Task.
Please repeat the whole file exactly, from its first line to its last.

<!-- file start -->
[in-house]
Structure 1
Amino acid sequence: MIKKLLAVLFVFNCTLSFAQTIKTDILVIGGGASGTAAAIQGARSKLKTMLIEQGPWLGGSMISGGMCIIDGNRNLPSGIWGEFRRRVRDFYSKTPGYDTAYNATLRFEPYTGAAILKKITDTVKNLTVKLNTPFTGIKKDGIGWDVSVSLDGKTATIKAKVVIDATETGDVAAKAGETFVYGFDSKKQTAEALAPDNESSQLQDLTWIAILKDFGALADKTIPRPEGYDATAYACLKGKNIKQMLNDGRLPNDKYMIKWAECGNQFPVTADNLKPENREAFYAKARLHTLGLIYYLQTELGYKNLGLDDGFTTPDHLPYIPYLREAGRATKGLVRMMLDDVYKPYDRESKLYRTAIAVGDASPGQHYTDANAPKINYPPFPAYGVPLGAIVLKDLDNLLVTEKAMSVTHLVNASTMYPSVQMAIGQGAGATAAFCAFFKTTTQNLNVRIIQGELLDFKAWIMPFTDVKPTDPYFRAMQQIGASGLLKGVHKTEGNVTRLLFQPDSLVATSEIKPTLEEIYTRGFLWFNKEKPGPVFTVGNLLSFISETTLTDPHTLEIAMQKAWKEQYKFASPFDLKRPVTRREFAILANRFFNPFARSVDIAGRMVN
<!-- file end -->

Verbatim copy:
[in-house]
Structure 1
Amino acid sequence: MIKKLLAVLFVFNCTLSFAQTIKTDILVIGGGASGTAAAIQGARSKLKTMLIEQGPWLGGSMISGGMCIIDGNRNLPSGIWGEFRRRVRDFYSKTPGYDTAYNATLRFEPYTGAAILKKITDTVKNLTVKLNTPFTGIKKDGIGWDVSVSLDGKTATIKAKVVIDATETGDVAAKAGETFVYGFDSKKQTAEALAPDNESSQLQDLTWIAILKDFGALADKTIPRPEGYDATAYACLKGKNIKQMLNDGRLPNDKYMIKWAECGNQFPVTADNLKPENREAFYAKARLHTLGLIYYLQTELGYKNLGLDDGFTTPDHLPYIPYLREAGRATKGLVRMMLDDVYKPYDRESKLYRTAIAVGDASPGQHYTDANAPKINYPPFPAYGVPLGAIVLKDLDNLLVTEKAMSVTHLVNASTMYPSVQMAIGQGAGATAAFCAFFKTTTQNLNVRIIQGELLDFKAWIMPFTDVKPTDPYFRAMQQIGASGLLKGVHKTEGNVTRLLFQPDSLVATSEIKPTLEEIYTRGFLWFNKEKPGPVFTVGNLLSFISETTLTDPHTLEIAMQKAWKEQYKFASPFDLKRPVTRREFAILANRFFNPFARSVDIAGRMVN